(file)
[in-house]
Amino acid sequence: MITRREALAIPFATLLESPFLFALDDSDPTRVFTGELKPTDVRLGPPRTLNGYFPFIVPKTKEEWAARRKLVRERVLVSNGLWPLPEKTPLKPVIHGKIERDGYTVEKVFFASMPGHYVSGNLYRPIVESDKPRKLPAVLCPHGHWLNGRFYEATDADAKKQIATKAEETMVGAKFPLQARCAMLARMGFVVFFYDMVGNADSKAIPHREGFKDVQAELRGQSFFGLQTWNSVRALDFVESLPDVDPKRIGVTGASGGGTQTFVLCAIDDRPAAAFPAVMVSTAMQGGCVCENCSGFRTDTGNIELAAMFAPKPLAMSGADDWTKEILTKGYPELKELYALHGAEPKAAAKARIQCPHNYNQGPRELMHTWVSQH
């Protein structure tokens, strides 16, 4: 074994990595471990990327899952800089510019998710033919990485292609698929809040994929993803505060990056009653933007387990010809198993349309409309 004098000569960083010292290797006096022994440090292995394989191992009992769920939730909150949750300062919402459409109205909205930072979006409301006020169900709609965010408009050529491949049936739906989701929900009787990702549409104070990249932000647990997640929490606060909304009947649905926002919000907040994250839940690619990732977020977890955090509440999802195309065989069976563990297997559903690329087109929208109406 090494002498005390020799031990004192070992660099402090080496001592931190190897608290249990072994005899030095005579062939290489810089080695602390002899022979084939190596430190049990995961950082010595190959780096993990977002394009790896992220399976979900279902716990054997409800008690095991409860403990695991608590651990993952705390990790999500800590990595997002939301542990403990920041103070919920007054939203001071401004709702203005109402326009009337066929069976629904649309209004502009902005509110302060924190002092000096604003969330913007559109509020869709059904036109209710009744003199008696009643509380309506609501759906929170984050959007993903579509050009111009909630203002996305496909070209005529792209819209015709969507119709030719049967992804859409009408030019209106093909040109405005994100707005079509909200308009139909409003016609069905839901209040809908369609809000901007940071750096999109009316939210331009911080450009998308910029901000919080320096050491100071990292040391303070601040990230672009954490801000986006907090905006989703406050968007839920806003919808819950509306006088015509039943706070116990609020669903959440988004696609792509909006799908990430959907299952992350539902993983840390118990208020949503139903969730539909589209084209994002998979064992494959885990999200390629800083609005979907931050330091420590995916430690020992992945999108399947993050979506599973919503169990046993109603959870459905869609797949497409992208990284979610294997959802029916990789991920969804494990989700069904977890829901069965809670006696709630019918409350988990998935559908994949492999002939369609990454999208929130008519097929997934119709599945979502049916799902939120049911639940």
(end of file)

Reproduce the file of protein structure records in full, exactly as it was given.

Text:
[in-house]
Amino acid sequence: MITRREALAIPFATLLESPFLFALDDSDPTRVFTGELKPTDVRLGPPRTLNGYFPFIVPKTKEEWAARRKLVRERVLVSNGLWPLPEKTPLKPVIHGKIERDGYTVEKVFFASMPGHYVSGNLYRPIVESDKPRKLPAVLCPHGHWLNGRFYEATDADAKKQIATKAEETMVGAKFPLQARCAMLARMGFVVFFYDMVGNADSKAIPHREGFKDVQAELRGQSFFGLQTWNSVRALDFVESLPDVDPKRIGVTGASGGGTQTFVLCAIDDRPAAAFPAVMVSTAMQGGCVCENCSGFRTDTGNIELAAMFAPKPLAMSGADDWTKEILTKGYPELKELYALHGAEPKAAAKARIQCPHNYNQGPRELMHTWVSQH
């Protein structure tokens, strides 16, 4: 074994990595471990990327899952800089510019998710033919990485292609698929809040994929993803505060990056009653933007387990010809198993349309409309 004098000569960083010292290797006096022994440090292995394989191992009992769920939730909150949750300062919402459409109205909205930072979006409301006020169900709609965010408009050529491949049936739906989701929900009787990702549409104070990249932000647990997640929490606060909304009947649905926002919000907040994250839940690619990732977020977890955090509440999802195309065989069976563990297997559903690329087109929208109406 090494002498005390020799031990004192070992660099402090080496001592931190190897608290249990072994005899030095005579062939290489810089080695602390002899022979084939190596430190049990995961950082010595190959780096993990977002394009790896992220399976979900279902716990054997409800008690095991409860403990695991608590651990993952705390990790999500800590990595997002939301542990403990920041103070919920007054939203001071401004709702203005109402326009009337066929069976629904649309209004502009902005509110302060924190002092000096604003969330913007559109509020869709059904036109209710009744003199008696009643509380309506609501759906929170984050959007993903579509050009111009909630203002996305496909070209005529792209819209015709969507119709030719049967992804859409009408030019209106093909040109405005994100707005079509909200308009139909409003016609069905839901209040809908369609809000901007940071750096999109009316939210331009911080450009998308910029901000919080320096050491100071990292040391303070601040990230672009954490801000986006907090905006989703406050968007839920806003919808819950509306006088015509039943706070116990609020669903959440988004696609792509909006799908990430959907299952992350539902993983840390118990208020949503139903969730539909589209084209994002998979064992494959885990999200390629800083609005979907931050330091420590995916430690020992992945999108399947993050979506599973919503169990046993109603959870459905869609797949497409992208990284979610294997959802029916990789991920969804494990989700069904977890829901069965809670006696709630019918409350988990998935559908994949492999002939369609990454999208929130008519097929997934119709599945979502049916799902939120049911639940």